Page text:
NEVER GIVE UP!

Comments

arrowflipper's picture

At least

All three of those are great rules.  Well, at least two of them are.  I've been guilty of the first two but fortunately, not the third.

How many times have I left my gear for a quick look or a quick something?  I'll never forget an archery elk hunt in Utah one time.  We had driven to the top of a mountain and stopped to take a break.  We still had 45 minutes to where we were going.  We all got out and I decided to wander down a side road a bit to see what I could see.  Did I take my bow??  Why would I take my bow on just a quick walk down the road?  Two hundred yards down the road was a bull elk feeding 20 yards off the road.  He didn't have a clue I was around and I just stood there for several minutes, wishing I had been smart enough to carry my bow.  Of course, by the time I went back to the truck to get it, he had decided to move out.

Another time was in Alaska when I left my entire pack to go look for a wounded moose.  Didn't find the moose and almost didn't find my way back out.  I spent several anxious hours out there wandering around before getting lucky and hearing my friends fire off a couple of rounds.  My compass, GPS and flashlight were in my pack on the four wheeler.  I never leave important equipment behind any more.

Sticking with it is good advice for all of life.  Success comes to those who wait.  I don't mean waiting just for the sake of waiting; but sticking it out when it would be easier to quit.  It's kind of like fishing..... you can't leave because you haven't caught anything yet, or you can't leave because they're biting and you don't want to miss one.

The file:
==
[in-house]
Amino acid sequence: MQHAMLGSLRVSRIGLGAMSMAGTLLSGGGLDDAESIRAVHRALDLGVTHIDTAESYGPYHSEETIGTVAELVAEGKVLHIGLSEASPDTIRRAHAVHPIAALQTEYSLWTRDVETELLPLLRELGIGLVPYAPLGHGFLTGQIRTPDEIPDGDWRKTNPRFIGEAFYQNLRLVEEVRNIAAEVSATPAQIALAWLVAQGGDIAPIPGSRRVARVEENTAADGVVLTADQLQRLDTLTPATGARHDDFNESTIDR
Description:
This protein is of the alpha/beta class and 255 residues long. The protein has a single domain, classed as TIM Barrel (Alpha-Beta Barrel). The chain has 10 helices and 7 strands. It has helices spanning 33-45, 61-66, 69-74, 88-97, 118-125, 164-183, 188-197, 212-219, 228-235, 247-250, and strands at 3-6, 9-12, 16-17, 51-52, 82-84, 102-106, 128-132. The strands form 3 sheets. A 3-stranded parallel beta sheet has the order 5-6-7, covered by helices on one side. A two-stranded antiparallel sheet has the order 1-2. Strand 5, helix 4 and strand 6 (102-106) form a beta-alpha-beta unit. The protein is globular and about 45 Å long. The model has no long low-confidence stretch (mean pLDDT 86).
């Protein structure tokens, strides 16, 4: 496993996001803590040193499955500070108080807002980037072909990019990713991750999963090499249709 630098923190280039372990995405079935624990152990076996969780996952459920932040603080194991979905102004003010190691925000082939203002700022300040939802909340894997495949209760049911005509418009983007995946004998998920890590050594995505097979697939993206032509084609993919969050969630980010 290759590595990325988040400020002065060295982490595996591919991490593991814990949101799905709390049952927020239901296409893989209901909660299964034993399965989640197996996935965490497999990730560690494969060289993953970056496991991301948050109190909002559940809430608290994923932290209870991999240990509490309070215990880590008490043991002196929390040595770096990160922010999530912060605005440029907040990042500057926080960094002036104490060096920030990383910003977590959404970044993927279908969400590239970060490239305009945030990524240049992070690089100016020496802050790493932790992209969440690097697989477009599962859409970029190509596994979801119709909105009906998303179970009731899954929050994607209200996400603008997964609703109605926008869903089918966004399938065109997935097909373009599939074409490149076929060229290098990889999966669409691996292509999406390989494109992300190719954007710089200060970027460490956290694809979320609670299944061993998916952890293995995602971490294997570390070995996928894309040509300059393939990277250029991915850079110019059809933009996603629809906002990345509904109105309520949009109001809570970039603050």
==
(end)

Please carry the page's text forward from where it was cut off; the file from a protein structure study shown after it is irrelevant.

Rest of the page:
I've never been guilty of tip number 3.  Tell me why you shouldn't do that one.....

 

groovy mike's picture

Ndemiter: You are a wise man with three good rules!

Ndemiter:  You are a wise man. 

 I know this because you have come to realize that our numerous small failures over the years, are opportunities to learn better behavior in the future. 

‘The man that's successful is the man that's prepared’ is worth remembering!  I too have learned that you want your daypack most when it isn’t around!  I once set my daypack and turkey decoys down in an open field and walked to the next ridge to peak over.  When I went back to pick up my pack, I couldn’t find the darned thing!  It was an open field for crying out loud!  But it took me twenty minutes to locate which tiny fold of ground had hidden it from my view.  Now I NEVER move away from my daypack!

I agree completely that even more important than not getting separated from your gear is your rule number two to ‘Never give up!’